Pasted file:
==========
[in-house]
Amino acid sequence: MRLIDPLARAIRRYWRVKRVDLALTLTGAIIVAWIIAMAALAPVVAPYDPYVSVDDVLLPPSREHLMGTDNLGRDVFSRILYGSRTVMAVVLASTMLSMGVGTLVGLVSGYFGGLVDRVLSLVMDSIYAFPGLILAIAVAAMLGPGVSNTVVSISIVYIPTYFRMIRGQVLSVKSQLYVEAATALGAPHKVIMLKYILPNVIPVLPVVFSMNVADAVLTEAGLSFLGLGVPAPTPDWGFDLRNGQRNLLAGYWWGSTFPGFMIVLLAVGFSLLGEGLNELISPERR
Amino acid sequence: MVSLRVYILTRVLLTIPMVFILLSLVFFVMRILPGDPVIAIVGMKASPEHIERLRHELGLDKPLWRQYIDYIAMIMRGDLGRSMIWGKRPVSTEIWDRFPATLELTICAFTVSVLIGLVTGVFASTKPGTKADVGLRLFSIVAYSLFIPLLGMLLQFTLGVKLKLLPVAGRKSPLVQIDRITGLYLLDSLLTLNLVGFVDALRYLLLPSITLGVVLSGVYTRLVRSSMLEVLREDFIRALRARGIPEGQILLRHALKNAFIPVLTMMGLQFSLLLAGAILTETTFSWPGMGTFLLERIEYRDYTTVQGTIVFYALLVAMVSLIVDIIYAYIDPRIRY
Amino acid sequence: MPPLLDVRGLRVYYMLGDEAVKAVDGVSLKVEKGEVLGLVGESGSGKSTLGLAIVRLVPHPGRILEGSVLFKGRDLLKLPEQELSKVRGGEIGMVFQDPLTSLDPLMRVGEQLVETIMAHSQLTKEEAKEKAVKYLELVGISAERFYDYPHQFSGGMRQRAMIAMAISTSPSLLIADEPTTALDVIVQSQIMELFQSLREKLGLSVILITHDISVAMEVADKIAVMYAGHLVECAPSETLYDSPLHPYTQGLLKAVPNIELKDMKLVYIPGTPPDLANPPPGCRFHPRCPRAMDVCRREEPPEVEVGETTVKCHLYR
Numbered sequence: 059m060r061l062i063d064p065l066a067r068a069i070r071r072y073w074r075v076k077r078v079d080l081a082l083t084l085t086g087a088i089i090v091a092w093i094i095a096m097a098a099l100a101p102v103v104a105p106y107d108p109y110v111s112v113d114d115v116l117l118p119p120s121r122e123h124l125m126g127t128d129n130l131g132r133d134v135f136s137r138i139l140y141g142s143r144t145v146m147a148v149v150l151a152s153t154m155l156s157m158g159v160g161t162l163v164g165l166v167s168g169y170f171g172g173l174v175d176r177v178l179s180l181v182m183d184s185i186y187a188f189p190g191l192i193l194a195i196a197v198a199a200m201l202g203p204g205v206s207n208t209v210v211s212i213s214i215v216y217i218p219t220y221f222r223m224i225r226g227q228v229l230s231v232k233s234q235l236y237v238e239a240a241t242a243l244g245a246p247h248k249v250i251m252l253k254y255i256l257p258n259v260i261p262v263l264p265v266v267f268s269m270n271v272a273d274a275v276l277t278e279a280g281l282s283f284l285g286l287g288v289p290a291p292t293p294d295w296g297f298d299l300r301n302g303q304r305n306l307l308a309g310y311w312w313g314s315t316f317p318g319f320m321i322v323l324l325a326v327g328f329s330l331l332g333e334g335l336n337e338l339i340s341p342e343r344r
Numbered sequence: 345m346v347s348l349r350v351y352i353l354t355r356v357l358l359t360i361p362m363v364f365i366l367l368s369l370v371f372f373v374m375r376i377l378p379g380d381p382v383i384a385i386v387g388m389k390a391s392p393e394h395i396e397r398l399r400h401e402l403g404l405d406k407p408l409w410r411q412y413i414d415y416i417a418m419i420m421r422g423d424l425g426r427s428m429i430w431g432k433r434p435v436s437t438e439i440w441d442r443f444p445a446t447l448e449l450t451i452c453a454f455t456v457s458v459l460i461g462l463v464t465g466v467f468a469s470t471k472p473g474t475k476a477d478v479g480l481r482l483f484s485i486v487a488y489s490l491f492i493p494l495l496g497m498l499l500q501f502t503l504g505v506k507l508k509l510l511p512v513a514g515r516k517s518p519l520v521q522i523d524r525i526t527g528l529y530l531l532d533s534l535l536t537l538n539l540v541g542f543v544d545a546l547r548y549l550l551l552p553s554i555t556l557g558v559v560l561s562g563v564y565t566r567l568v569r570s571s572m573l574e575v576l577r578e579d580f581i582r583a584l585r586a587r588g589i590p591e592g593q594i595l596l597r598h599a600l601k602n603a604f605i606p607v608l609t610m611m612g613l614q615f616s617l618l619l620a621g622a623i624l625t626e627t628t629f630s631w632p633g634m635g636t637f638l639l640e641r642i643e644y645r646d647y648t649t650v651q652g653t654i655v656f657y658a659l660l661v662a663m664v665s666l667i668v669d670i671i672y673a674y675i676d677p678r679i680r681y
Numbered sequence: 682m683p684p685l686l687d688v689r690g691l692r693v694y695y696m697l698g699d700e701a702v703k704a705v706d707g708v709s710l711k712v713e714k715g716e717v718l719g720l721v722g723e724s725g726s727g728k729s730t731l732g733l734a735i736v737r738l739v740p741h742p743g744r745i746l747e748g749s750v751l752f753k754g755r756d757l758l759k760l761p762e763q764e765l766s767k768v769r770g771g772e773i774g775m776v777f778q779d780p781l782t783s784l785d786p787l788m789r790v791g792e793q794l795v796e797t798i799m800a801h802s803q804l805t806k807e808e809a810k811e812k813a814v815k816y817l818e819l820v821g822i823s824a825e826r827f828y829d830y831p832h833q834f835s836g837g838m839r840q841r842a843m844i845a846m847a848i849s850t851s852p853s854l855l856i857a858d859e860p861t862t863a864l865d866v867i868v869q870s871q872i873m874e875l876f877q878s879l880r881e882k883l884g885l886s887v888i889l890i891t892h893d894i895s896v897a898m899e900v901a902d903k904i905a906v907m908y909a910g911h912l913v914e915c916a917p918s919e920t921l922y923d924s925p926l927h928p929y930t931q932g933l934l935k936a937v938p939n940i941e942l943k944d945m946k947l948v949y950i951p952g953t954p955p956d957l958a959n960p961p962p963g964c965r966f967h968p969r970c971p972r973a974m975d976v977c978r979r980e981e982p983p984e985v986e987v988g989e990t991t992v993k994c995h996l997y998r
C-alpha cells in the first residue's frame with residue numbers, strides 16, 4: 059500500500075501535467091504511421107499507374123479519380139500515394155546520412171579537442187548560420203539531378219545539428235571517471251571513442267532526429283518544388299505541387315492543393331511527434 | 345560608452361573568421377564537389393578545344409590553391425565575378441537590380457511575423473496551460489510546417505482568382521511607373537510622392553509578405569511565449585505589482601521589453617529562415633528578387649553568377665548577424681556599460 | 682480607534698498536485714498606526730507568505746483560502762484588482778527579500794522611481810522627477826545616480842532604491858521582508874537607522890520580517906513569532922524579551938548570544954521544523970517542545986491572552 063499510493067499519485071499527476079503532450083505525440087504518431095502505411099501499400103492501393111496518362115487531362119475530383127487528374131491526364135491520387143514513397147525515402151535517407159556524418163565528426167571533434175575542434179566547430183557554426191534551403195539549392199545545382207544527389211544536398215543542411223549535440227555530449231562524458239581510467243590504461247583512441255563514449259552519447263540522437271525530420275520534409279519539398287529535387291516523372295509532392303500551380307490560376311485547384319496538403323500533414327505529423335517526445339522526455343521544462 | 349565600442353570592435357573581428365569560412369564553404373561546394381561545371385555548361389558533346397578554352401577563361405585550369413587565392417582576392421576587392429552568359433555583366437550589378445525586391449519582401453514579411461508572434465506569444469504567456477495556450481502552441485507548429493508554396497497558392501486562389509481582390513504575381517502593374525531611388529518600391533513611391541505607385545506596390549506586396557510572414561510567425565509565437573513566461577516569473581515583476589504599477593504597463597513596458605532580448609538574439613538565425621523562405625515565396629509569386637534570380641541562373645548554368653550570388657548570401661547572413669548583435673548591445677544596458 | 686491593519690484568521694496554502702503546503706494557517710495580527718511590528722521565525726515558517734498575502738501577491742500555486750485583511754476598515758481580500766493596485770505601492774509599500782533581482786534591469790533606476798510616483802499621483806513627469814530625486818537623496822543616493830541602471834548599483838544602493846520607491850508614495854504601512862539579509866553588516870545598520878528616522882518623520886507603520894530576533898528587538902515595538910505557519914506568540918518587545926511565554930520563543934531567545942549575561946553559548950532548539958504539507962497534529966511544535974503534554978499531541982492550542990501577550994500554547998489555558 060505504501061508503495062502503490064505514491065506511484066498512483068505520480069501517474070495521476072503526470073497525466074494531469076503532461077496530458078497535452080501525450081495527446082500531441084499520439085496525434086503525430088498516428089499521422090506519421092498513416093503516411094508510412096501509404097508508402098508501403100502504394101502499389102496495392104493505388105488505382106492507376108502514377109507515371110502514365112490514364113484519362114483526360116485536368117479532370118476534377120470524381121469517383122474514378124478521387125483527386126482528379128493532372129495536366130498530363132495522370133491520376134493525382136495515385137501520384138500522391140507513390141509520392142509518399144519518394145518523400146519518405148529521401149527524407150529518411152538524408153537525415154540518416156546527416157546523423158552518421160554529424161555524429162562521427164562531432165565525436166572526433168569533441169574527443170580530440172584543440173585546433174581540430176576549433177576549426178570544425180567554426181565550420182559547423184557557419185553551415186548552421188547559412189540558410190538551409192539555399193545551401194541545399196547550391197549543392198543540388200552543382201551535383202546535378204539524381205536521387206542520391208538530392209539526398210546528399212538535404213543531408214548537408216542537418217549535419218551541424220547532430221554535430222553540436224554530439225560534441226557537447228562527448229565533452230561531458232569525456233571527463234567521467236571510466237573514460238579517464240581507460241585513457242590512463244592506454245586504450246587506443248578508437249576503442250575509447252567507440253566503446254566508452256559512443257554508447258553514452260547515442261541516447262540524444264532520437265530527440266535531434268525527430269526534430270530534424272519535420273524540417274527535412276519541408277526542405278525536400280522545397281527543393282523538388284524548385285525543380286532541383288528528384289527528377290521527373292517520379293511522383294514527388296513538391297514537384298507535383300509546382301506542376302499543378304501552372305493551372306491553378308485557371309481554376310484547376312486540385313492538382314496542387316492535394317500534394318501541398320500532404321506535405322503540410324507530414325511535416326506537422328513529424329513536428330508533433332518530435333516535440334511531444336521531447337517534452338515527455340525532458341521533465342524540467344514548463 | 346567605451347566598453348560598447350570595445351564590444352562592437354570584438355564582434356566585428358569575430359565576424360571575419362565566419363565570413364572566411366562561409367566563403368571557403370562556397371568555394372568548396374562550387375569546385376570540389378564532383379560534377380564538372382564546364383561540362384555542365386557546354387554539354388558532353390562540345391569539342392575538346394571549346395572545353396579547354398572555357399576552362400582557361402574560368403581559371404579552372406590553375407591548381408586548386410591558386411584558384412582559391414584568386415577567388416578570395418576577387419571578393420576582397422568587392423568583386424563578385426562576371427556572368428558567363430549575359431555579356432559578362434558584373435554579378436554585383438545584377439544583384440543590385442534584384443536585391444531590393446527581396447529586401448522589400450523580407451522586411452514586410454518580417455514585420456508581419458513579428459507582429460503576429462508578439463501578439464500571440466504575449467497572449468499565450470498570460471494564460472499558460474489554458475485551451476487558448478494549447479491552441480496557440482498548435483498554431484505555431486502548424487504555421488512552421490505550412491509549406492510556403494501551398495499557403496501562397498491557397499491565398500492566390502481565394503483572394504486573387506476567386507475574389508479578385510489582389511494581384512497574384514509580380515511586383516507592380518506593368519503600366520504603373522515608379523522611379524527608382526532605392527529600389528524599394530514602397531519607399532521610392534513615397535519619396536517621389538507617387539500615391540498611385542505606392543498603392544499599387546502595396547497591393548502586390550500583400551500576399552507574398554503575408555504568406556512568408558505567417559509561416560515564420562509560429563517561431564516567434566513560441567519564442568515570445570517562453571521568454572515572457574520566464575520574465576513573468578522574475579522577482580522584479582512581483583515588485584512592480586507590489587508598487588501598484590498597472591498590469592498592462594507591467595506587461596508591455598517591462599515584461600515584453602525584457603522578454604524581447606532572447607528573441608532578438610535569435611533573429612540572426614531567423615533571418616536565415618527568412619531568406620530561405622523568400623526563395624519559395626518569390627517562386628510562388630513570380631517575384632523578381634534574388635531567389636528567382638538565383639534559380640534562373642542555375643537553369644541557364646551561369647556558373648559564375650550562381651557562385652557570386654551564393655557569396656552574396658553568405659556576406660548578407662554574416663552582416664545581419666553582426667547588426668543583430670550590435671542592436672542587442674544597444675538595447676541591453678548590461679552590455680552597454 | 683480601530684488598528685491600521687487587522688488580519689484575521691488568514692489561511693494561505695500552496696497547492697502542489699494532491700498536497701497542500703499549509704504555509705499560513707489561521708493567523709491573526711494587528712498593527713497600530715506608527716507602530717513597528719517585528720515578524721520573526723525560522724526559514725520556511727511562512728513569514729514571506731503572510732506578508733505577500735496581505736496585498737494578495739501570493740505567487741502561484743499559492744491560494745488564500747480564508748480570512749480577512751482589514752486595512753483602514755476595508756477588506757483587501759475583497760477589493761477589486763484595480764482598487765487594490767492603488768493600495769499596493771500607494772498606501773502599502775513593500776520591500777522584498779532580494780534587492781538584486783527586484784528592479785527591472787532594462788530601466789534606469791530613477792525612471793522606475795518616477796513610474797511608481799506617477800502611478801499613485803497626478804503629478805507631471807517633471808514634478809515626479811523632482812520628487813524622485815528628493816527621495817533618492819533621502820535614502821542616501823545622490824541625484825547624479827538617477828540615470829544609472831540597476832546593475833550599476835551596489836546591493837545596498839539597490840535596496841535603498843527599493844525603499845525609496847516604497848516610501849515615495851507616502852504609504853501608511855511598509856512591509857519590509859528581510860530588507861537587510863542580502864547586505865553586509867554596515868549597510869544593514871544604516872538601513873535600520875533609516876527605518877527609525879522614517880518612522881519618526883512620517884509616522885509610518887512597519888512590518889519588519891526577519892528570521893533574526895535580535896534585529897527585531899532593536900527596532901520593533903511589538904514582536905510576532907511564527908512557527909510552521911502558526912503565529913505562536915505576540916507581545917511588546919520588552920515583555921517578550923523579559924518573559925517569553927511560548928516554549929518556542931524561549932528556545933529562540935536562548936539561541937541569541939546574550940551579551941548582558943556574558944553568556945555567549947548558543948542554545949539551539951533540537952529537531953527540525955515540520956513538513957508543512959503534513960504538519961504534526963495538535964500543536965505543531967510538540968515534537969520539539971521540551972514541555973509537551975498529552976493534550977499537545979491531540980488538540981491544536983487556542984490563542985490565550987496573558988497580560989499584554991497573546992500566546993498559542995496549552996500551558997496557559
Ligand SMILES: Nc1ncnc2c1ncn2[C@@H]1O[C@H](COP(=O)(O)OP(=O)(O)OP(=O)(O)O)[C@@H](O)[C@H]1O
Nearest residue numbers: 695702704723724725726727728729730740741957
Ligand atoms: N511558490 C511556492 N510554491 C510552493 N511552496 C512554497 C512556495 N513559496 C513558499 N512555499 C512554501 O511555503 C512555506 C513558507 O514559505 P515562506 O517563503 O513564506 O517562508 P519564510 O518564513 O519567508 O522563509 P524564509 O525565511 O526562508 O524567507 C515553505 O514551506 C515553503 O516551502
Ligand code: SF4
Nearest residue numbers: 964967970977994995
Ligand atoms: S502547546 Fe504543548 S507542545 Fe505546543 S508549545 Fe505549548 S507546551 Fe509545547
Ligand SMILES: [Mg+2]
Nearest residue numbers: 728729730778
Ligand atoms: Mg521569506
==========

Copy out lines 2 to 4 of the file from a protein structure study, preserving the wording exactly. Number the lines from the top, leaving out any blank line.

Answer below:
Amino acid sequence: MRLIDPLARAIRRYWRVKRVDLALTLTGAIIVAWIIAMAALAPVVAPYDPYVSVDDVLLPPSREHLMGTDNLGRDVFSRILYGSRTVMAVVLASTMLSMGVGTLVGLVSGYFGGLVDRVLSLVMDSIYAFPGLILAIAVAAMLGPGVSNTVVSISIVYIPTYFRMIRGQVLSVKSQLYVEAATALGAPHKVIMLKYILPNVIPVLPVVFSMNVADAVLTEAGLSFLGLGVPAPTPDWGFDLRNGQRNLLAGYWWGSTFPGFMIVLLAVGFSLLGEGLNELISPERR
Amino acid sequence: MVSLRVYILTRVLLTIPMVFILLSLVFFVMRILPGDPVIAIVGMKASPEHIERLRHELGLDKPLWRQYIDYIAMIMRGDLGRSMIWGKRPVSTEIWDRFPATLELTICAFTVSVLIGLVTGVFASTKPGTKADVGLRLFSIVAYSLFIPLLGMLLQFTLGVKLKLLPVAGRKSPLVQIDRITGLYLLDSLLTLNLVGFVDALRYLLLPSITLGVVLSGVYTRLVRSSMLEVLREDFIRALRARGIPEGQILLRHALKNAFIPVLTMMGLQFSLLLAGAILTETTFSWPGMGTFLLERIEYRDYTTVQGTIVFYALLVAMVSLIVDIIYAYIDPRIRY
Amino acid sequence: MPPLLDVRGLRVYYMLGDEAVKAVDGVSLKVEKGEVLGLVGESGSGKSTLGLAIVRLVPHPGRILEGSVLFKGRDLLKLPEQELSKVRGGEIGMVFQDPLTSLDPLMRVGEQLVETIMAHSQLTKEEAKEKAVKYLELVGISAERFYDYPHQFSGGMRQRAMIAMAISTSPSLLIADEPTTALDVIVQSQIMELFQSLREKLGLSVILITHDISVAMEVADKIAVMYAGHLVECAPSETLYDSPLHPYTQGLLKAVPNIELKDMKLVYIPGTPPDLANPPPGCRFHPRCPRAMDVCRREEPPEVEVGETTVKCHLYR